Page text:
“With the government focused on the dual challenges of improving the health service and levelling-up the economy, now is a good time to explore how the NHS could become a better employer.
Sitting at the heart of many communities, the NHS can be both a force for better health and stronger local economies. In some places, the health and social care sector accounts for upwards of 15% of local economic output. Local health institutions should use their sizeable economic weight to support better pay, higher skills and career progression in these areas, which would also address a key social determinant of poor health – low quality work”.
CPP Good Employer Index for the NHS and the UK’s 25 largest employers
Notes to the editor:
- The report can be downloaded here https://www.progressive-policy.net/publications/simply-the-best
- Find the ranking of all NHS trusts attached to this email.
- About this report: Population health is a cornerstone of inclusive economic growth. Our yearlong inquiry into the future of health underlined the reciprocal relationship between health and the economy and explored the importance and limitations of the NHS in delivering better health nationwide. The beating heart of the NHS is its workforce, and in February this year, the NHS will publish its People Plan to outline how it will meet ambitious recruitment and retention targets in the face of rising demand and uncertainty about its post-Brexit labour supply. Against this background, this report examines the role of the health service as an employer and provider of good jobs — utilising the CPP’s Good Employer Index to rank all 223 NHS trusts. This allows us to comprehensively answer the following key questions: To what extent is the NHS a good employer relative to other large employers? How and why does employment practice vary across the NHS? How is the NHS a force for ‘levelling up’ pay and employment practices across the country?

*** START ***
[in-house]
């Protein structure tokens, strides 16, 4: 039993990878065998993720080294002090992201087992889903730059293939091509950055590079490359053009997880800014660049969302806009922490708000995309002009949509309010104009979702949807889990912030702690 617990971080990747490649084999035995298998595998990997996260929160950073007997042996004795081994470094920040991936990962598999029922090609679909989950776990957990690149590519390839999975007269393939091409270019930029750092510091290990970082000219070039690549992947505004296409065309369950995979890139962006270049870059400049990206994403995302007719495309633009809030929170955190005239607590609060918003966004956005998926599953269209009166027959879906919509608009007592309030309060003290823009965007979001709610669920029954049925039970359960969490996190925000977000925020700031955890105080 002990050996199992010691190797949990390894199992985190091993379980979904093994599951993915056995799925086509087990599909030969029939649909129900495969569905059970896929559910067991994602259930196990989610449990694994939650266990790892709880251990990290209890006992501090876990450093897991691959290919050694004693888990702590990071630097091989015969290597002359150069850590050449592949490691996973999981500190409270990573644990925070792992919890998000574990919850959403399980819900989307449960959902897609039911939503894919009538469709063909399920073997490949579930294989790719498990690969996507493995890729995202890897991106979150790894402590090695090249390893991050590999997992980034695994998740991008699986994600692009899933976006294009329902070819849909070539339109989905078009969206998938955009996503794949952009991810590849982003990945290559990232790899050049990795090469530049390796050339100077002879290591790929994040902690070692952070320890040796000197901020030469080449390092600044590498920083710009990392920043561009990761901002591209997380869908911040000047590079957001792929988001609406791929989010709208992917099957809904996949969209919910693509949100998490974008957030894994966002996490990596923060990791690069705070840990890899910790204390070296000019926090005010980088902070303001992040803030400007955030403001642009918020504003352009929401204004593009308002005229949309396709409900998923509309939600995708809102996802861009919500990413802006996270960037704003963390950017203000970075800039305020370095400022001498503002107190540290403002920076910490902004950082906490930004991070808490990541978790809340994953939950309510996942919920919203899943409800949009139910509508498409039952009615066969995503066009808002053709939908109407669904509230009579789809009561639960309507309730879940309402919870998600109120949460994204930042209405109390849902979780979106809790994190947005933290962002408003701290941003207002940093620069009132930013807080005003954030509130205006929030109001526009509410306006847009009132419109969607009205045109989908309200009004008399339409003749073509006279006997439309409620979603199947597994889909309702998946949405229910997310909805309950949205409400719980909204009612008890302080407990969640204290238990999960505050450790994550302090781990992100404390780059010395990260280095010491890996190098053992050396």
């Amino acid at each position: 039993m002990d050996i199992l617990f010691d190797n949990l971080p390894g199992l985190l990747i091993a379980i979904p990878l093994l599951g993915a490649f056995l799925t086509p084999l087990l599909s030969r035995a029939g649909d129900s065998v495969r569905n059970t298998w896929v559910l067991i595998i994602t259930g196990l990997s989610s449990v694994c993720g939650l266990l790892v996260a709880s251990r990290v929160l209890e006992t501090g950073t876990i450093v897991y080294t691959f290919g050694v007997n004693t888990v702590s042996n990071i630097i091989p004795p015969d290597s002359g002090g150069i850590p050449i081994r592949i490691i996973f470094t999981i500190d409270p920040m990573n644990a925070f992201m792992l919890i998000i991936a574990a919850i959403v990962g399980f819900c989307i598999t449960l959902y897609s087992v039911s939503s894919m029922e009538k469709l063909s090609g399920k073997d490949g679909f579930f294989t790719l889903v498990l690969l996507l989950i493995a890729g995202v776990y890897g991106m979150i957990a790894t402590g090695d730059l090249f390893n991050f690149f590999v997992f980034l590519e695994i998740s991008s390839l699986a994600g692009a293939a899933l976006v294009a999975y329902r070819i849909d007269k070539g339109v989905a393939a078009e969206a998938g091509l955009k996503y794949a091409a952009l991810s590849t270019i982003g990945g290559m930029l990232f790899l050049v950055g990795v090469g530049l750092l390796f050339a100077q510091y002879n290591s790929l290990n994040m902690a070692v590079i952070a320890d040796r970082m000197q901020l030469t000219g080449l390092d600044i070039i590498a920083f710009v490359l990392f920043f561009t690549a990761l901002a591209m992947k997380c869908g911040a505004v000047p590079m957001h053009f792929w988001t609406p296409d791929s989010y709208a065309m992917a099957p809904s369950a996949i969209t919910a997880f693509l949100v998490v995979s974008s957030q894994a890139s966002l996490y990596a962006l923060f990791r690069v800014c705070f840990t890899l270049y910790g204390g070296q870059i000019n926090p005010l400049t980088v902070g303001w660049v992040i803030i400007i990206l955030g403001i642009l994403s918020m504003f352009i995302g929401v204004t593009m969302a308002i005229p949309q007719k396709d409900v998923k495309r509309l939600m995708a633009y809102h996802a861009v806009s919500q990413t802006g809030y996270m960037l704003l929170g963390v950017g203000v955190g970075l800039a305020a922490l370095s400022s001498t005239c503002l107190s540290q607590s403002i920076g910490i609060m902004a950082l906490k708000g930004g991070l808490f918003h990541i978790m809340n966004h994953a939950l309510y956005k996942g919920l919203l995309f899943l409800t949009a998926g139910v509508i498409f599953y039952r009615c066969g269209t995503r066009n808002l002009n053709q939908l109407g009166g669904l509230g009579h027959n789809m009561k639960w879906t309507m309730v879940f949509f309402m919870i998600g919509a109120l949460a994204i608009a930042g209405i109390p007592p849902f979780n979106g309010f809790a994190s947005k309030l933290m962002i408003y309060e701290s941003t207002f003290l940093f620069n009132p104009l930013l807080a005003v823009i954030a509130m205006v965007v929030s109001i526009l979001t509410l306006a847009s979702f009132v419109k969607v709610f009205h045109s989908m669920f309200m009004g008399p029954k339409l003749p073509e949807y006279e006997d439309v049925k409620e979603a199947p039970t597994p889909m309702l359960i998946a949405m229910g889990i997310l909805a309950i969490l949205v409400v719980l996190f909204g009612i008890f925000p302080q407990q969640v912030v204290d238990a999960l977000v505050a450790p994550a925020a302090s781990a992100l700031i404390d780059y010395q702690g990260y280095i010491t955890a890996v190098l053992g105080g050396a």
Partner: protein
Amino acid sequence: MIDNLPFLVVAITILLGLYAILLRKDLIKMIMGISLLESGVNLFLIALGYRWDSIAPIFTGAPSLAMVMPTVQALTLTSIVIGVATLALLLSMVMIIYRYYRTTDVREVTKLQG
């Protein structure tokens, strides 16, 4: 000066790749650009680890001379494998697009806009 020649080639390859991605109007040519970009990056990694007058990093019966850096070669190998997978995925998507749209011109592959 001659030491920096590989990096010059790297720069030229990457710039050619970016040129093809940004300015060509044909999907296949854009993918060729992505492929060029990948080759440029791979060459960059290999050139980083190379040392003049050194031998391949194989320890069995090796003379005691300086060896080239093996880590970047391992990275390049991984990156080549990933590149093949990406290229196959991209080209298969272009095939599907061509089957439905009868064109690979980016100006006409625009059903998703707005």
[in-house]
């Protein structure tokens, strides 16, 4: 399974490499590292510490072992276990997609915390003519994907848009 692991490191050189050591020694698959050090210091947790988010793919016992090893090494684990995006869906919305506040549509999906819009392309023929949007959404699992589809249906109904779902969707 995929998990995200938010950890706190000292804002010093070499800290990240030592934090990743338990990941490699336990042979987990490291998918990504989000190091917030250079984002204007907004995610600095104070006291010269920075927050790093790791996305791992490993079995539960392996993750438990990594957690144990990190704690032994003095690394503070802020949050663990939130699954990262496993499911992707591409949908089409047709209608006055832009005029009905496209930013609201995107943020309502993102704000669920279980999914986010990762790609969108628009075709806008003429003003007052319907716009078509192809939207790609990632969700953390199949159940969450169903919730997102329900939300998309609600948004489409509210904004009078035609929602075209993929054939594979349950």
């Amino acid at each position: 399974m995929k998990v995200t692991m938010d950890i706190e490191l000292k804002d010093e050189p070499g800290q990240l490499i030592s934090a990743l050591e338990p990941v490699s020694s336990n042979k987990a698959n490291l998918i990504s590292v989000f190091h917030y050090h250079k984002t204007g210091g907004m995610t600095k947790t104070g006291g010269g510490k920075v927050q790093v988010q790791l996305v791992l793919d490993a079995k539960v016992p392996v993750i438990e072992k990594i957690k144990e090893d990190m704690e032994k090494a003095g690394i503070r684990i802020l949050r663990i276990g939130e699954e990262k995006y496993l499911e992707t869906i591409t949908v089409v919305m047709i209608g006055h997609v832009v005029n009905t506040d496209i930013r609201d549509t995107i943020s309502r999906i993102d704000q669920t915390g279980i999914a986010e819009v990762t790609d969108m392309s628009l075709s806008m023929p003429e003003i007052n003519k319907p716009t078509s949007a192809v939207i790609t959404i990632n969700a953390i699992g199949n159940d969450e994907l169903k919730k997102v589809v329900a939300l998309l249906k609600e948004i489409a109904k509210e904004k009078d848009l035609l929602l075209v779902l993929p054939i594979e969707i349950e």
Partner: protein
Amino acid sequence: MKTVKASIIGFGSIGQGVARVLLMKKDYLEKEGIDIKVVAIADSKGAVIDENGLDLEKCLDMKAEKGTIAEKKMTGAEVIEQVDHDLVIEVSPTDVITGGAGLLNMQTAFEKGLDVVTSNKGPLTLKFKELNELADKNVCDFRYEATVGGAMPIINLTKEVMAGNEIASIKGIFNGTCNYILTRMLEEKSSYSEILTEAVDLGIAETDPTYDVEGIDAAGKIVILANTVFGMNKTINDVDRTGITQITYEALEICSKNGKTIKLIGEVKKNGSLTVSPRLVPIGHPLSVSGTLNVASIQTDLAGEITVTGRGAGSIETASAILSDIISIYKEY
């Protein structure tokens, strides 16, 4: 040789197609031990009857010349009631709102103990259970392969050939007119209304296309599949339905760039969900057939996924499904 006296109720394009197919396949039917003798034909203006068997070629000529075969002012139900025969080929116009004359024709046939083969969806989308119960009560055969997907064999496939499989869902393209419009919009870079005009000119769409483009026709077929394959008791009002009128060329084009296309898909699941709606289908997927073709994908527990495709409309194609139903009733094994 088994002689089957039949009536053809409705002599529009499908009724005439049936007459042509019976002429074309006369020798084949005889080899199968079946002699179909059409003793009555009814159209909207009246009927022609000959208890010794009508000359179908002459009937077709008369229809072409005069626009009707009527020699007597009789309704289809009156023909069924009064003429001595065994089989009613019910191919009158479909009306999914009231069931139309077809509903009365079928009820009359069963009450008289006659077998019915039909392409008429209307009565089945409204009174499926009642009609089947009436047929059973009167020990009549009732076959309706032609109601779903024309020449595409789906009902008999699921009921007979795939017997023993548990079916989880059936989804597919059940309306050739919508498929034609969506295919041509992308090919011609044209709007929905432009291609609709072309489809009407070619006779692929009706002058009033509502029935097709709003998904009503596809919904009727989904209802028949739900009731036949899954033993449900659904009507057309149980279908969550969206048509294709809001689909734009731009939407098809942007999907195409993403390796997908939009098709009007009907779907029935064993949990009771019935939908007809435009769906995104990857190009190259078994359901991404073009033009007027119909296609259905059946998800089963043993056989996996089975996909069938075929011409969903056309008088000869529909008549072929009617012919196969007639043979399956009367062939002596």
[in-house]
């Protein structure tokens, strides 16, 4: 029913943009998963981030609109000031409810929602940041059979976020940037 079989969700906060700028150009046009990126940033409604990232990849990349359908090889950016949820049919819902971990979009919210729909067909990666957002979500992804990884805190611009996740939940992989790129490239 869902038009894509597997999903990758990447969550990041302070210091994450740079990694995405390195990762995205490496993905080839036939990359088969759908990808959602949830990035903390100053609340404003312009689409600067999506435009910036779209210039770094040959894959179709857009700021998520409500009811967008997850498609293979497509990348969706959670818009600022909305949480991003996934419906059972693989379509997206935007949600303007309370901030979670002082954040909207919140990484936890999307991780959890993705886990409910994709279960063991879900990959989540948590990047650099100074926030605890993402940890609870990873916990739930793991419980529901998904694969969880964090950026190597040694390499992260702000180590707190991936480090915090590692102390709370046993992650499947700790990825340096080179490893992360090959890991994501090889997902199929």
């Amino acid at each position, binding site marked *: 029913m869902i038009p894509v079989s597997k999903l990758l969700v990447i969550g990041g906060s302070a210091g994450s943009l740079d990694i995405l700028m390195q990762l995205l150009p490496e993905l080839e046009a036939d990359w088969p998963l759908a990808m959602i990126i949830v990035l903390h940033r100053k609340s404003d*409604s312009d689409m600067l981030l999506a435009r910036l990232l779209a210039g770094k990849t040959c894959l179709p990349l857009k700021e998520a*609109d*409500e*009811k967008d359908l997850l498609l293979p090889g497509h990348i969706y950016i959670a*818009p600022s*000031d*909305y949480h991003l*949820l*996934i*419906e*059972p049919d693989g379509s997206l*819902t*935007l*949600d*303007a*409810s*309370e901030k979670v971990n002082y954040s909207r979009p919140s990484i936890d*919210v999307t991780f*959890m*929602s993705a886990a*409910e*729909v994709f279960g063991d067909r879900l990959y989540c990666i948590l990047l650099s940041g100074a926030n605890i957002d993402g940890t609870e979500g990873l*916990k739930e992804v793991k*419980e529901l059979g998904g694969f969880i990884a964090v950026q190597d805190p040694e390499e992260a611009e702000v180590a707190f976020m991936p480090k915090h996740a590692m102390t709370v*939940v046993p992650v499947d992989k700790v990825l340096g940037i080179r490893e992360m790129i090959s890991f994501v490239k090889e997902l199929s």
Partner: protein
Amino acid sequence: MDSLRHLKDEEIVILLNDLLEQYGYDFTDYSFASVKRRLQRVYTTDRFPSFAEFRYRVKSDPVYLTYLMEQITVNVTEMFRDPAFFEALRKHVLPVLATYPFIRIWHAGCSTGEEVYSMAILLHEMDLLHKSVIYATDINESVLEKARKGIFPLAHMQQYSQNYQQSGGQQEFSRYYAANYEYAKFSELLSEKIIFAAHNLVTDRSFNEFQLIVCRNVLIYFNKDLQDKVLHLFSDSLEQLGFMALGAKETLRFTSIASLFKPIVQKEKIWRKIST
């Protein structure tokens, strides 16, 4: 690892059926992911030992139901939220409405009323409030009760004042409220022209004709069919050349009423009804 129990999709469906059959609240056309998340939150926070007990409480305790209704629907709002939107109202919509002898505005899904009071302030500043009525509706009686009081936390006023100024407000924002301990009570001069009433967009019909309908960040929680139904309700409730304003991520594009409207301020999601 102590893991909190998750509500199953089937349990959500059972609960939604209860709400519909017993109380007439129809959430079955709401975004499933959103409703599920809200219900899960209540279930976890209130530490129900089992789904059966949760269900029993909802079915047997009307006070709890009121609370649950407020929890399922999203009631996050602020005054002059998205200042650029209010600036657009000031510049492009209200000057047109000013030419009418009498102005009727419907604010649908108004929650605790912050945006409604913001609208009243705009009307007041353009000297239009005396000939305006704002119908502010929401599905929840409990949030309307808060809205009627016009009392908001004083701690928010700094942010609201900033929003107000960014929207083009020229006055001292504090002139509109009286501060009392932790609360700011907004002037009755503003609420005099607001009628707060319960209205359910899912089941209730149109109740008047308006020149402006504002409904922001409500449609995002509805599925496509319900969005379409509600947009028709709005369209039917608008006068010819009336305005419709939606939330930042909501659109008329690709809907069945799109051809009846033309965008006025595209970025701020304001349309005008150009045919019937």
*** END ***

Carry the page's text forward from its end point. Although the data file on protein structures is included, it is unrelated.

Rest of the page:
- About CPP: The Centre for Progressive Policy is a think tank committed to making inclusive economic growth a reality. By working with national and local partners, our aim is to devise effective, pragmatic policy solutions to drive productivity and shared prosperity in the UK. Inclusive growth is one of the most urgent questions facing advanced economies where stagnant real wages are squeezing living standards and wealth is increasingly concentrated. CPP believes that a new approach to growth is needed, harnessing the best of central and local government to shape the national economic environment and build on the assets and opportunities of place. The Centre for Progressive Policy is fully funded by Lord David Sainsbury, as part of his work on public policy.
- For more information on the Centre for Progressive Policy, please see www.progressive-policy.net or follow @CentreProPolicy
- For interview requests contact Thomas Hauschildt, Communications Manager, Centre for Progressive Policy: THauschildt@progressive-policy.net, 020 7070 3370